Growing Mealworms as a Fish Feed for Sustainable Aquaponics

2016 Annual Report for FNC16-1024

Project Type: Farmer/Rancher
Funds awarded in 2016: $3,467.00
Projected End Date: 01/30/2018
Grant Recipient: RainFresh Harvests
Region: North Central
State: Ohio
Project Coordinator:
Barry Adler
RainFresh Harvests

Growing Mealworms as a Fish Feed for Sustainable Aquaponics

Summary

WORK ACTIVITIES

Mealworms were purchased and containers were modified to grow them in March of 2016.  The containers were recycled from food grade bins obtained from local restaurants.

Both 2-inch deep (shorter) and 5-inch deep (taller) sizes were modified by cutting rectangular openings in 2 places on each lid and gluing screen door mesh to these openings.  The openings were positioned so that bins could be stacked in a perpendicular manner on top of each other and allow for adequate ventilation of each container.

Initially 4 cups of substrate materials were placed in each of the two different sized containers with 300 meal worms in each container.

A subsequent set of four taller containers with 8 cups of substrate materials and 600 worms in each were started two weeks later.

Additional substrate materials and pieces of produce for moisture were added on approximately biweekly basis, as needed. Ratings were taken to evaluate estimated number of mealworms and activity, as well as depletion of substrate and moisture containing organic produce items.

Data loggers were added to existing ones and some were moved to track temperatures in greenhouses, soil, air, plant root zones, fish tanks and mealworm growing trays.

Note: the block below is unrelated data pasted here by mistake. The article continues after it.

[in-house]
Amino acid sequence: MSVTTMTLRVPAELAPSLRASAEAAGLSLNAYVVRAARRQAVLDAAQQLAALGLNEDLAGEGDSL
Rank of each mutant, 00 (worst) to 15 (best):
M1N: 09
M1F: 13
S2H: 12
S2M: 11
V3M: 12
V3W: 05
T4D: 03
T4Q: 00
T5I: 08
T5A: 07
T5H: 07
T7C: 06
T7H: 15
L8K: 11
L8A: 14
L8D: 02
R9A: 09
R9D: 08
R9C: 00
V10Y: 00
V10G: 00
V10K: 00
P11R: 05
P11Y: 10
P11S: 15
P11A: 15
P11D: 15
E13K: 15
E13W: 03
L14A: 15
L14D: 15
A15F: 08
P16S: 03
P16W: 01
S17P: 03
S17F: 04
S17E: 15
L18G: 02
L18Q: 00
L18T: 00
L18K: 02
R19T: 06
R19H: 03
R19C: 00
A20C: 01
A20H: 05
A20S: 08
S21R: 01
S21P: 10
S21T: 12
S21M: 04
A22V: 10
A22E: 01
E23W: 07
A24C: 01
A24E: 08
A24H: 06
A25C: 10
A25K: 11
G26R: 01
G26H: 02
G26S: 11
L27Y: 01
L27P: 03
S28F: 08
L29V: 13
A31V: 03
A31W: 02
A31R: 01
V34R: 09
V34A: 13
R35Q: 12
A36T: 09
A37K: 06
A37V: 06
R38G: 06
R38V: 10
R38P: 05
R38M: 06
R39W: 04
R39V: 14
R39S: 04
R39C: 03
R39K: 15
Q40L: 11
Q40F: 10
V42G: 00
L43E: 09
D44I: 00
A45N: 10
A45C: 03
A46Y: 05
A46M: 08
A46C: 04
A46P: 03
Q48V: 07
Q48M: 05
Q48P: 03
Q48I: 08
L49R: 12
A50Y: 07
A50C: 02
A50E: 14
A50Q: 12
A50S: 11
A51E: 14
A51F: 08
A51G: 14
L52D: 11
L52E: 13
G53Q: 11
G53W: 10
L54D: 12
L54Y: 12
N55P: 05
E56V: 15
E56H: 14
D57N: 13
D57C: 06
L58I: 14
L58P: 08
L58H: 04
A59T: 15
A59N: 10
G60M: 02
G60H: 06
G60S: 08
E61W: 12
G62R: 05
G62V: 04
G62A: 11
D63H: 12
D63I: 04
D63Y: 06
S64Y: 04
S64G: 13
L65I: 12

After about 3 months, it was determined that the shorter bins, although adequate for growth were less desirable than the taller ones.  Even though the substrate volume was reduced significantly from feeding by mealworms resulting in reduced dust sized particles, the taller bins would allow for more room for longer term growth.  Also, temperatures were likely to fluctuate more with the reduced air space above the growing media and drying was greater due to closer proximity to the screen openings in the lids of the shorter bins.  Therefore, the mealworms were all shifted into larger containers after this initial phase of evaluations.

Four different certified organic materials were evaluated as substrate media.  These were selected based on local availability and pricing and included rolled oats, rye flakes, spelt and red wheat bran.  A local organic bakery was the source for the rolled oats and spelt.  A local Whole Foods store was the source for rye flakes and red wheat bran.

Initial growth and maturation into adult beetles was slightly better for rye flakes.  However, both the spelt and wheat bran showed better feeding and more mealworms after several months than the rye flakes and rolled oats.  When sufficient quantities of adult beetles were observed, these were moved into a separate bin. The ones from the rolled oats and rye flakes were moved into a bin with a combination of both rolled oats and rye flakes.  The adults from the wheat bran and spelt were moved into separate containers with the same substrates that they were originally growing in.

After 4 months of evaluations, it was determined that the spelt and wheat bran had the best feeding and growth rates.  The rolled oats and rye flakes were not consumed as completely and the residual material was not small enough to allow for screening out of the mealworms to harvest for feeding to the fish.

The numbers and feeding activity observed was similar for both the spelt and wheat bran. Since the price was significantly higher for the spelt at more than double that for wheat bran and the growth rate was similar, after 6 months of evaluations, it was decided to focus on growing methods for maximizing production using the wheat bran alone.